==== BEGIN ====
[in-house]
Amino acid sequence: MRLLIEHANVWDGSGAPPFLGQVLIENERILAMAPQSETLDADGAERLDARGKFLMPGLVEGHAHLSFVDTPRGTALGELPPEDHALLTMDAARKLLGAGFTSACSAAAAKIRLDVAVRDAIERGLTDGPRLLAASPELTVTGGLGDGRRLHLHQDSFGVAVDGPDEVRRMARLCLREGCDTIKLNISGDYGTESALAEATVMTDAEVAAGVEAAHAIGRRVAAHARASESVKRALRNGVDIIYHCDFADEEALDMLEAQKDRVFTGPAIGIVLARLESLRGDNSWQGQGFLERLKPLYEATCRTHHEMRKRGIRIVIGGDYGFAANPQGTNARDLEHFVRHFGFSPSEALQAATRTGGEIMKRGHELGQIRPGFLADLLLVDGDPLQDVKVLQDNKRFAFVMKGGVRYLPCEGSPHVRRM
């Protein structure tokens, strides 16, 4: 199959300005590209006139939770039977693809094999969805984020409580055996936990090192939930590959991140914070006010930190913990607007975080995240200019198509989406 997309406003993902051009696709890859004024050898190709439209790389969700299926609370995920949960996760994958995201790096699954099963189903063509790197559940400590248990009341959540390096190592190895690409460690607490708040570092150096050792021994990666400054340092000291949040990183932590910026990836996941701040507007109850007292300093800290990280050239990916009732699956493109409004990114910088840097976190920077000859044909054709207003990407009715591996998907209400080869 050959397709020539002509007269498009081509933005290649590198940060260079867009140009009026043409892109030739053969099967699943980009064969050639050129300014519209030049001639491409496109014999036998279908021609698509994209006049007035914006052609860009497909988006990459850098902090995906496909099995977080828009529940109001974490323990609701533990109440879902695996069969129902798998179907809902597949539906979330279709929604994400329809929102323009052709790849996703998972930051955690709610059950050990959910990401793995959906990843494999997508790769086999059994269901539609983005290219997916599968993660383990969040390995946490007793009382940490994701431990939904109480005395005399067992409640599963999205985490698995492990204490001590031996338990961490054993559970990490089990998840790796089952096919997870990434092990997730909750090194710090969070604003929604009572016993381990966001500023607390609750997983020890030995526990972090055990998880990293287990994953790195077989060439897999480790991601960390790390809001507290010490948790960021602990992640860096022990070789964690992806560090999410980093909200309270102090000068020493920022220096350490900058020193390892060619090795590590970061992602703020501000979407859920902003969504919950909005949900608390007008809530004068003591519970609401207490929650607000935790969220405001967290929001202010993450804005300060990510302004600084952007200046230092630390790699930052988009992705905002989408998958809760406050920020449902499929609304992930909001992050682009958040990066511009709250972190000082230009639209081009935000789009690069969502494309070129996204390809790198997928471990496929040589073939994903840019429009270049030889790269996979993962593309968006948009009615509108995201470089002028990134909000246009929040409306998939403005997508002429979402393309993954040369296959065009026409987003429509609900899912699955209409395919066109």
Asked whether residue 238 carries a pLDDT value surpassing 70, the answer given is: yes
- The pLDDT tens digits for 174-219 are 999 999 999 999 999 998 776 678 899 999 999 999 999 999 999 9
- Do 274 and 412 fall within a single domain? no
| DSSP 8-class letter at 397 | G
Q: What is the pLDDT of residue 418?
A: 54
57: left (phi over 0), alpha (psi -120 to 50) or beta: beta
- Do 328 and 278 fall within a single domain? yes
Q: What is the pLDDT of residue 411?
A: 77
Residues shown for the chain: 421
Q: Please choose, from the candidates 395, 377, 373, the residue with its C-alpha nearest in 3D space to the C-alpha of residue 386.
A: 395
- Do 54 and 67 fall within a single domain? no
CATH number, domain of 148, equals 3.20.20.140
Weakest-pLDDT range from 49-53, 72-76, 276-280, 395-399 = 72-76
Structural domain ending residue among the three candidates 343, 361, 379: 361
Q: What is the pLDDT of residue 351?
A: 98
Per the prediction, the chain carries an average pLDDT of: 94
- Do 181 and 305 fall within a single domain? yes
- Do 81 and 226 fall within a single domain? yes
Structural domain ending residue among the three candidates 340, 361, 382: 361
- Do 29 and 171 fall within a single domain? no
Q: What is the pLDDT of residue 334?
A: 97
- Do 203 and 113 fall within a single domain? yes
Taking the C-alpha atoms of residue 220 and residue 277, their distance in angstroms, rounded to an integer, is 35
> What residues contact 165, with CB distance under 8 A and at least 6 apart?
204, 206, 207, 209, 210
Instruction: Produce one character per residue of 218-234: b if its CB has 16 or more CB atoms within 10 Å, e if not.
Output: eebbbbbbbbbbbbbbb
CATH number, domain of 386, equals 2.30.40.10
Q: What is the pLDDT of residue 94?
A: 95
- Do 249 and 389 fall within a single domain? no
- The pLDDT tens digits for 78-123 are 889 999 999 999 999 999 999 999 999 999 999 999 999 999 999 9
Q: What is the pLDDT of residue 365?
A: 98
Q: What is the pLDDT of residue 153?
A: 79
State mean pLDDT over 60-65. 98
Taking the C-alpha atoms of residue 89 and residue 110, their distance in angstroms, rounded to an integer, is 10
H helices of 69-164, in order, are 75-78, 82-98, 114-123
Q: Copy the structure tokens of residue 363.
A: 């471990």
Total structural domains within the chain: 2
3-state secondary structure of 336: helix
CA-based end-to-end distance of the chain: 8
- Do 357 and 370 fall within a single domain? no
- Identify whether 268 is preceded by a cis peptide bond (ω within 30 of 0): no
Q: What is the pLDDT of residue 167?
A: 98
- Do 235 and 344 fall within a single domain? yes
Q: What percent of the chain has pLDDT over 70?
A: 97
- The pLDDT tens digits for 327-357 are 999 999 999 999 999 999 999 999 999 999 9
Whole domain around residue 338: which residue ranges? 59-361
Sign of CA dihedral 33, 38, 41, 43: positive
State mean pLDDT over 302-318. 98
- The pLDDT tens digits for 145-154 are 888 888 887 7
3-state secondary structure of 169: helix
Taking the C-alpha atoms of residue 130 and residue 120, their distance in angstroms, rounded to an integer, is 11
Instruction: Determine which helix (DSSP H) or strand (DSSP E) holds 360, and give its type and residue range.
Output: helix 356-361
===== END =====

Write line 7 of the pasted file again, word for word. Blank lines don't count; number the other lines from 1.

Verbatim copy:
| DSSP 8-class letter at 397 | G